Tackling the Trends – How Excipient Technologies Enable Oral Solid Innovation

Did you know that between 2015 and 2019, 70% to 80% of new molecular entities (NMEs) approved by the FDA were small molecules, and, in 2019, 68% of small molecules approved were oral dosage delivery? 

Although drug delivery innovations in other areas may receive more excitement and coverage, for new drugs to be commercially successful, it is key that they are easy to manufacture, cost-effective and patient-friendly. For this reason, oral solid remains the most popular dosage form and continues to make up the largest segment of the global pharmaceutical market.

This demand has fueled innovative customizations and trends, forcing R&D scientists to use innovative ways to meet the growing needs.

Two examples of how market trends are inspiring new approaches to oral solid dosage forms are patient centricity and lean manufacturing. As patients have become more empowered in healthcare, patient-centric approaches to development are quickly becoming paramount to ensuring product success. Meanwhile, manufacturing simplicity has long been coveted to decrease manufacturing time and cost. While these emerging trends and novel approaches will undoubtedly bring added benefits to the industry. It is also no surprise that meeting new trends can often add difficulty to scaling and commercializing products.

Which leaves us with an important question, how can R&D scientists and formulation teams meet industry trends without creating manufacturing complexity? Read on to learn more about these market trends and find out how new excipient technologies are providing a solution.

Top Trend #1 – Patient Centricity

With greater access to information and increased awareness about drug safety, patients are becoming more informed about drugs. Consequently, pharmaceutical R&D has shifted in recent years to place patients at the center of both development and manufacturing decisions. To ensure patients are at the forefront of R&D, regulatory bodies have also become more focused on patient experience. For example, the FDA’s creation of PFDD (Patient-Focused Drug Development) ensures that patients’ needs, experiences, perspectives and priorities are being met.

In order to successfully provide products that meet this trend, R&D scientists are using high-quality excipient technologies, like Carbopol® polymers, to enable technical innovation. Here, these polymers can impart patient-centric features to new drugs in several ways, ensuring medicine is more convenient for consumers.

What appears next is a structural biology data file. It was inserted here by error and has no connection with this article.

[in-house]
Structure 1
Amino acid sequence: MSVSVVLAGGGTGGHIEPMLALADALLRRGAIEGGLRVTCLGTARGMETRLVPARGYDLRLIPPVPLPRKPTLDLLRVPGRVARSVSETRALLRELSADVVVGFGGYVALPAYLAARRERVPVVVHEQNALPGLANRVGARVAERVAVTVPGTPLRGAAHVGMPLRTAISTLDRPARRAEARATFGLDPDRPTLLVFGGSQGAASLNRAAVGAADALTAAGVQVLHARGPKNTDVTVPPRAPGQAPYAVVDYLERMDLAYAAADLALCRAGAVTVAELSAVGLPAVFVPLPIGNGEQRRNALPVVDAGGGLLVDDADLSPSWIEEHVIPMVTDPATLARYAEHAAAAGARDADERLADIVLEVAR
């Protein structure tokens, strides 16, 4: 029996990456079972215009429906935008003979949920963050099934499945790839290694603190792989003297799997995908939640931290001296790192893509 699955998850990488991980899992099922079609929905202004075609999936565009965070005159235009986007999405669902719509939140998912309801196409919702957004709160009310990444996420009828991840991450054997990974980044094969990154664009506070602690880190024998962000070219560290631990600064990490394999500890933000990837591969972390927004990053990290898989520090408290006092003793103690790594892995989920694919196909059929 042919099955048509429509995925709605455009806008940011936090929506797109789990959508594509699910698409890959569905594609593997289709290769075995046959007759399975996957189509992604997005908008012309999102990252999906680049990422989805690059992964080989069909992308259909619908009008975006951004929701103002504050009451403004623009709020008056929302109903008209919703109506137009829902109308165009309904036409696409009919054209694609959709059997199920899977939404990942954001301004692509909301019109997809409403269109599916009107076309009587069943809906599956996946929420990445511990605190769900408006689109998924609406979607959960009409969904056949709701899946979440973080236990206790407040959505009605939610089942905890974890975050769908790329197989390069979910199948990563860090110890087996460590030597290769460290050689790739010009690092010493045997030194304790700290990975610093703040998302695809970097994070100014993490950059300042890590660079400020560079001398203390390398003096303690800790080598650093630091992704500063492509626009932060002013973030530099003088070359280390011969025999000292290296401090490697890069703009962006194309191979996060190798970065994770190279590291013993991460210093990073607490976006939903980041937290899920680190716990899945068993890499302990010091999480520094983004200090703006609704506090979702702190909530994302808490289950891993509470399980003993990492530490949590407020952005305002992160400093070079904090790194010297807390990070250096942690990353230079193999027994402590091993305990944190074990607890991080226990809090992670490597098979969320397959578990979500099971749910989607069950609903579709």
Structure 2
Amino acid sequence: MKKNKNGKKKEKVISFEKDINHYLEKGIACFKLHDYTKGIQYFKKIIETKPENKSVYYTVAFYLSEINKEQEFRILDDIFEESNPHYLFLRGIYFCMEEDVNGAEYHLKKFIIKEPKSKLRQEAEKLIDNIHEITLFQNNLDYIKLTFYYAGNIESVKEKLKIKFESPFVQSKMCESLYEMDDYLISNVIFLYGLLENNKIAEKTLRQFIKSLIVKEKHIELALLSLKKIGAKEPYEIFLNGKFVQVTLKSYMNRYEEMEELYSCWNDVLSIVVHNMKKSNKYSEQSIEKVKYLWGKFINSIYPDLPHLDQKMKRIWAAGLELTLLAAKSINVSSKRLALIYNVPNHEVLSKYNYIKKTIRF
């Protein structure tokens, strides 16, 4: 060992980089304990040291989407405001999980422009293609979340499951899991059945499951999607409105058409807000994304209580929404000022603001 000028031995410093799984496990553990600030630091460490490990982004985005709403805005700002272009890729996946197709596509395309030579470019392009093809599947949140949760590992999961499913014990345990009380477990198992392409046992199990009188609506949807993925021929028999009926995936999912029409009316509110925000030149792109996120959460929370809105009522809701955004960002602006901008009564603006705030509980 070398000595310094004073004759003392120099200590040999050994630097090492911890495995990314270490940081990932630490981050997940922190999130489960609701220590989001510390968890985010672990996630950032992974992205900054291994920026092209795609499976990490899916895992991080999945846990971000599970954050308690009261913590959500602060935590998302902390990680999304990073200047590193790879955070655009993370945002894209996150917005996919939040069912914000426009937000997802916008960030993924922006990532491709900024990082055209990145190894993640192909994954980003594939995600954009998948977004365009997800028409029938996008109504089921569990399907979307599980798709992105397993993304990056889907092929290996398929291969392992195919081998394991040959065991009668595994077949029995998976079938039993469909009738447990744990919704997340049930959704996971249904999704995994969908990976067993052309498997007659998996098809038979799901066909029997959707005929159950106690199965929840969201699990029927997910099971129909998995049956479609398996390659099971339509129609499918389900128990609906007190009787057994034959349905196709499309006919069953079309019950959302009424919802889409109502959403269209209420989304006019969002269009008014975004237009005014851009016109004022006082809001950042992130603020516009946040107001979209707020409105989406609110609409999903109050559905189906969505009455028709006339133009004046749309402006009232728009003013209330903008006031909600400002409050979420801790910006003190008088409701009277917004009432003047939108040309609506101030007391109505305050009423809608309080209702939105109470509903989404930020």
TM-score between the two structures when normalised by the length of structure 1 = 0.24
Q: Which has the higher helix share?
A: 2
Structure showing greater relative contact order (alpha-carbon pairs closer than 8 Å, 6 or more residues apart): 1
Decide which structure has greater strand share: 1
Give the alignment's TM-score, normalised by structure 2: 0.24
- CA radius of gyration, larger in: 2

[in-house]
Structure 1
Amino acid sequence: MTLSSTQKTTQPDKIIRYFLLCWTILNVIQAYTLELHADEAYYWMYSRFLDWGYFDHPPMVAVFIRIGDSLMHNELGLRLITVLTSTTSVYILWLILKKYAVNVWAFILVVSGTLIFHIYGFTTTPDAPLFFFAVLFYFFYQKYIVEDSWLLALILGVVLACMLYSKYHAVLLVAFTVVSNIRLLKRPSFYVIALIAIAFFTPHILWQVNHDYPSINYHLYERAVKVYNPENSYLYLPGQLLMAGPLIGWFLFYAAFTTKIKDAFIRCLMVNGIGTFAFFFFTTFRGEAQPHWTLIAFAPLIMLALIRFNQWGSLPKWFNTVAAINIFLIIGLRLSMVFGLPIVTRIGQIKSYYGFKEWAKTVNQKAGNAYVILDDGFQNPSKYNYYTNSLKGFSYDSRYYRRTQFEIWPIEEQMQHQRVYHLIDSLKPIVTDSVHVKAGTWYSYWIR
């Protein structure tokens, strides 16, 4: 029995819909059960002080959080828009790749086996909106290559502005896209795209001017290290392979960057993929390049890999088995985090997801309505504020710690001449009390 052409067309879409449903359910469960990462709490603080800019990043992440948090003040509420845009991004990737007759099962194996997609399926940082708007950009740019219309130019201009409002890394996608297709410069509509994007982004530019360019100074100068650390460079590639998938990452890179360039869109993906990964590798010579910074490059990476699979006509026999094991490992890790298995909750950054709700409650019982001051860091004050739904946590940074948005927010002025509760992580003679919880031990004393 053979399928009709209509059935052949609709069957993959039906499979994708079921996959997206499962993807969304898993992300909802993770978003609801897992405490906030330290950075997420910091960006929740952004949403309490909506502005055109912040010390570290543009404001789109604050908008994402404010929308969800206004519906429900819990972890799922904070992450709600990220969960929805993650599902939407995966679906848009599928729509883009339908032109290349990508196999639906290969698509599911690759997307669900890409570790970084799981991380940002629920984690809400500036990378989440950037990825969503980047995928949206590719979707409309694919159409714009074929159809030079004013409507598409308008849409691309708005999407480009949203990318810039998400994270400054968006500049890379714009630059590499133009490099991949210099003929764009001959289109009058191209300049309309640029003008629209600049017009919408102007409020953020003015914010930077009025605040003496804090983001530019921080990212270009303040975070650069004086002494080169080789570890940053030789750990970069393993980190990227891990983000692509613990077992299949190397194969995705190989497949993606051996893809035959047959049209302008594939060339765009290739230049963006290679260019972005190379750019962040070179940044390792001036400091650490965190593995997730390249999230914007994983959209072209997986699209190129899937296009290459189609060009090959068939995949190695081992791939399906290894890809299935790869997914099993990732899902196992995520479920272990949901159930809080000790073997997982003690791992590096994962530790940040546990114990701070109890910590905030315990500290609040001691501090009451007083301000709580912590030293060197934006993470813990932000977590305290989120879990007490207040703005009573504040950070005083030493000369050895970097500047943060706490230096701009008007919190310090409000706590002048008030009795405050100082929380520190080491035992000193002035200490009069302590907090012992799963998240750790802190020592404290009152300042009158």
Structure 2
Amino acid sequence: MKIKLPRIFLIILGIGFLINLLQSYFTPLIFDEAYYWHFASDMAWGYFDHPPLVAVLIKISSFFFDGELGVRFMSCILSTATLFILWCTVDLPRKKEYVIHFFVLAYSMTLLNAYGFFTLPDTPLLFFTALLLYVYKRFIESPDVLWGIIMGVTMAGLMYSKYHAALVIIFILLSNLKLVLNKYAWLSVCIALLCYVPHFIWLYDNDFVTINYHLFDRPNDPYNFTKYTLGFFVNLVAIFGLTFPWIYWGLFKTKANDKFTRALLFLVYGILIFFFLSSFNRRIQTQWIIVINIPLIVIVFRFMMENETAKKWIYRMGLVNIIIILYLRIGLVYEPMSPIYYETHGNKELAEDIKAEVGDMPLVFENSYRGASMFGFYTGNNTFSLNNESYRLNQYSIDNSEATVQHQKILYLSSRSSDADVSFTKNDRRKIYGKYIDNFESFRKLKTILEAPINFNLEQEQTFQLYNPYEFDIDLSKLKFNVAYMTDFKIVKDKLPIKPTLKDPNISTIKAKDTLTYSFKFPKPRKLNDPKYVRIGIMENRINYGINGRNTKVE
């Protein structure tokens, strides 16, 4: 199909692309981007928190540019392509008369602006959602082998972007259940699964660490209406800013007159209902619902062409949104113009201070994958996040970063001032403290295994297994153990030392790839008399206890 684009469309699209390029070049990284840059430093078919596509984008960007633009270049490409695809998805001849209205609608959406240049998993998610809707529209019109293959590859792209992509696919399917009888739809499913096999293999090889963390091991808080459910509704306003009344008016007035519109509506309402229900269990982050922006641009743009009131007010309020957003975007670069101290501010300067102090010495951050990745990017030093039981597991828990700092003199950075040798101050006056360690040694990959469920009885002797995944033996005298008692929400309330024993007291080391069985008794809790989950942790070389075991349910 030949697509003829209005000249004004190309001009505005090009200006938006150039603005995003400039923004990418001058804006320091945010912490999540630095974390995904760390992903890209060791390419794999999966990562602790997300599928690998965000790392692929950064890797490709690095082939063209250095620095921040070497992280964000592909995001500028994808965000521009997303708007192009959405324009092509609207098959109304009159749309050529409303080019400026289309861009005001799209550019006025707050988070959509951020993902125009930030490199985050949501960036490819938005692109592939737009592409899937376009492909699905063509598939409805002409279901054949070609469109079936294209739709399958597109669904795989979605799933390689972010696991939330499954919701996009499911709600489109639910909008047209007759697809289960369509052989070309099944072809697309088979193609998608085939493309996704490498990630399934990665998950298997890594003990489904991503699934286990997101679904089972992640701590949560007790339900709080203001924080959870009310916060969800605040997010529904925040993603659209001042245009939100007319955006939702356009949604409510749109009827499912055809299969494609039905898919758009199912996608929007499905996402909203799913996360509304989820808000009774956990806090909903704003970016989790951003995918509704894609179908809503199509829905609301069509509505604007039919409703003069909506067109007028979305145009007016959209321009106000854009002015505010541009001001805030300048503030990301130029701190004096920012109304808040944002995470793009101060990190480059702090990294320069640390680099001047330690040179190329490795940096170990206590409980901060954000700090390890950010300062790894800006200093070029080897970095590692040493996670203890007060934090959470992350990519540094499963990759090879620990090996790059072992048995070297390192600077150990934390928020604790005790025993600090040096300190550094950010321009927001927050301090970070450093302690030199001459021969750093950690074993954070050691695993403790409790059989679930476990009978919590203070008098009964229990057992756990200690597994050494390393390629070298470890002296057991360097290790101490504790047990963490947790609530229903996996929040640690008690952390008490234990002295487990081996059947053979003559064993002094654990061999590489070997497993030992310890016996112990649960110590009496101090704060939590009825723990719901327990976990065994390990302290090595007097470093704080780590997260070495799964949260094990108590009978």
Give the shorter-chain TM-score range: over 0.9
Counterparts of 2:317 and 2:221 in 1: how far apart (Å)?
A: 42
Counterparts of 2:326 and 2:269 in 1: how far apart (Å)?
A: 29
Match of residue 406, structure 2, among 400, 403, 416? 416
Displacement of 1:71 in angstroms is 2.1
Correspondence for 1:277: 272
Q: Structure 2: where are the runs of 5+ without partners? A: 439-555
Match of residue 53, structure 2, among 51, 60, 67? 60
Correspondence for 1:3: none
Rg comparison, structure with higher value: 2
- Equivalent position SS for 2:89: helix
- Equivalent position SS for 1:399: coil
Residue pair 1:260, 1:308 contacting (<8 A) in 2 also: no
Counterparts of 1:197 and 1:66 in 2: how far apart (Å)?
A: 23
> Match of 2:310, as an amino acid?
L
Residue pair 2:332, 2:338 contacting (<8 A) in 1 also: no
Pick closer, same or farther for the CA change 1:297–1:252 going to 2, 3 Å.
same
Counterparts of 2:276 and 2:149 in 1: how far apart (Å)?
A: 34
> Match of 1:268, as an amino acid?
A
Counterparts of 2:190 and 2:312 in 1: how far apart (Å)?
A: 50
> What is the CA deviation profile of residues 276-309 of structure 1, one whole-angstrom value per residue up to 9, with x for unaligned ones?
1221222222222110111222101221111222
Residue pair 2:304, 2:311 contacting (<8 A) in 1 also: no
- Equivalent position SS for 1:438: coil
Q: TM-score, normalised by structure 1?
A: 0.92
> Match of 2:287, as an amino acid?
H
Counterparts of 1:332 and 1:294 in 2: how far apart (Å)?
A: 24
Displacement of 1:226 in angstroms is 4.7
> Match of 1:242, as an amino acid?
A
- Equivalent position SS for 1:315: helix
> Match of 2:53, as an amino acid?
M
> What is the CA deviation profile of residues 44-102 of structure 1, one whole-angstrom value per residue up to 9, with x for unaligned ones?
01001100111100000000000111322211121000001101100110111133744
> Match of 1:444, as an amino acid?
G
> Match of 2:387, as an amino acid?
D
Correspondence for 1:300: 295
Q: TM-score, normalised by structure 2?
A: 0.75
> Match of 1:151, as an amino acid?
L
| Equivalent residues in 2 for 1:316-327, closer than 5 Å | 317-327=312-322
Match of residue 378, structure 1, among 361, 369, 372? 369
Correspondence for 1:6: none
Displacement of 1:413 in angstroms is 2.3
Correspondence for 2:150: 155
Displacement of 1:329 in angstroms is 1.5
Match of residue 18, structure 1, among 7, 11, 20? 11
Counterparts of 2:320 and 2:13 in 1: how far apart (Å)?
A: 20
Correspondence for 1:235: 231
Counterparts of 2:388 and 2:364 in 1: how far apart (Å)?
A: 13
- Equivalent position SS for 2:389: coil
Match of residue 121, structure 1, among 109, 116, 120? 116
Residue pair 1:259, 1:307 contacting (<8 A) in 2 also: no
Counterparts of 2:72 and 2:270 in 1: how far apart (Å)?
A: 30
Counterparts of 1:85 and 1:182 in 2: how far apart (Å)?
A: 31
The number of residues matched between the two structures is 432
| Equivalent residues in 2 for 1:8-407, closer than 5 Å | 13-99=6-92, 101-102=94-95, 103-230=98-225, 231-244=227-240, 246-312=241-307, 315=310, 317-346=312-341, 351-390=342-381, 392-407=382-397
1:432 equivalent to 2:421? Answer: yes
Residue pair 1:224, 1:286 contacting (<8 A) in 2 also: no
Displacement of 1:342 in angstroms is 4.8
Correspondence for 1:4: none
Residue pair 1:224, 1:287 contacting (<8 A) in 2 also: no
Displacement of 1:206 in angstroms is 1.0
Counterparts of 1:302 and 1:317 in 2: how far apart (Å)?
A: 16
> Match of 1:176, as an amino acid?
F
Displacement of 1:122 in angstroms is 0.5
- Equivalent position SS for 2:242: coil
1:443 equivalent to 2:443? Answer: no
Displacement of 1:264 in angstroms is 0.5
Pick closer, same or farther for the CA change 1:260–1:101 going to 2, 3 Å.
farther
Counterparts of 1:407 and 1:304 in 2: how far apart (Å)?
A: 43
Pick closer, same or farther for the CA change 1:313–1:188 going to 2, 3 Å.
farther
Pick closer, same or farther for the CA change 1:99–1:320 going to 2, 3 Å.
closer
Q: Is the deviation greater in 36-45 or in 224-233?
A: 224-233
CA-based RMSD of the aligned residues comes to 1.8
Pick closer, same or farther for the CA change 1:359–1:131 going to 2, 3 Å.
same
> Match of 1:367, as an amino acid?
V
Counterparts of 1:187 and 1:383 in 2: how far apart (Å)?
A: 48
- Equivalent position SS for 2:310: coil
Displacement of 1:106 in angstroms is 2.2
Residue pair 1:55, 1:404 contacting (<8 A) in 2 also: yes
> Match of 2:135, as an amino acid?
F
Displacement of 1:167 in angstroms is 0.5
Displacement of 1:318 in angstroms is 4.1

Meeting the Need for Patient Centricity – What’s the Frequency?

One way to improve patient centricity is to reduce the dosing frequency. Frequent dosing is not only inconvenient for consumers, but human error can also lead to doses being taken at the wrong time, reducing effectiveness. Standard immediate-release (IR) dosage forms cannot maintain plasma concentrations over prolonged periods. Therefore, the patient is required to take multiple daily dosages, leading to an increased risk of unwanted side effects caused by these high-peak blood concentrations after administration.

When modifying release formulations during drug product development, it is crucial to control the release rate of the active pharmaceutical ingredient (API). Hence, extended-release dosage forms provide an exciting solution for enabling formulations with reduced dosing frequency to benefit patients. Proven excipients, such as Carbopol polymers, tend to be the best facilitator for improving extended-release dosage forms and enabling successful control of the release rate of APIs.

Carbopol polymers have long been trusted by R&D scientists and manufacturers, as they offer a wide range of benefits for formulators. For example, Carbopol offers better control over dosage release compared to competitive materials, ensuring a slower drug release than other materials. As an excipient, Carbopol is more efficient than cellulosic materials (such as hypromellose, also known as HPMC), allowing formulators to effectively control release even at low usage levels.

Using Carbopol polymers alongside other excipients also has formulation benefits. When used in combination with other excipients, Carbopol:

  • Lowers the total amount of excipient needed due to synergistic effects
  • Provides flexibility in delivering target release profiles by varying ratios
  • Lowers variability in the drug release profiles, particularly when using HPMC and Carbopol

Carbopol in Practice: Mucinex® Extended-Release Bi-Layer Tablets


Carbopol has been used commercially across the industry to successfully improve controlled release. For example, when used by the well-known cold and flu medicine Mucinex, Carbopol enabled the generation of a unique bi-layer tablet and utilized the synergistic effects to effectively extend release.

Controlling drug release from Mucinex was especially challenging, as the active pharmaceutical ingredient, guaifenesin, is water soluble. However, Carbopol enabled both high drug loading and good control over release rate, even with a water-soluble API. This functionality resulted in a differentiated product that has gone on to achieve continued commercial success, including several product line extensions using Carbopol.

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Source: Lubrizol, https://www.lubrizol.com/Health/Blog/2022/04/Tackling-the-Trends—How-Excipient-Technologies-Are-Supporting-Oral-Solid-Dosage-Innovation

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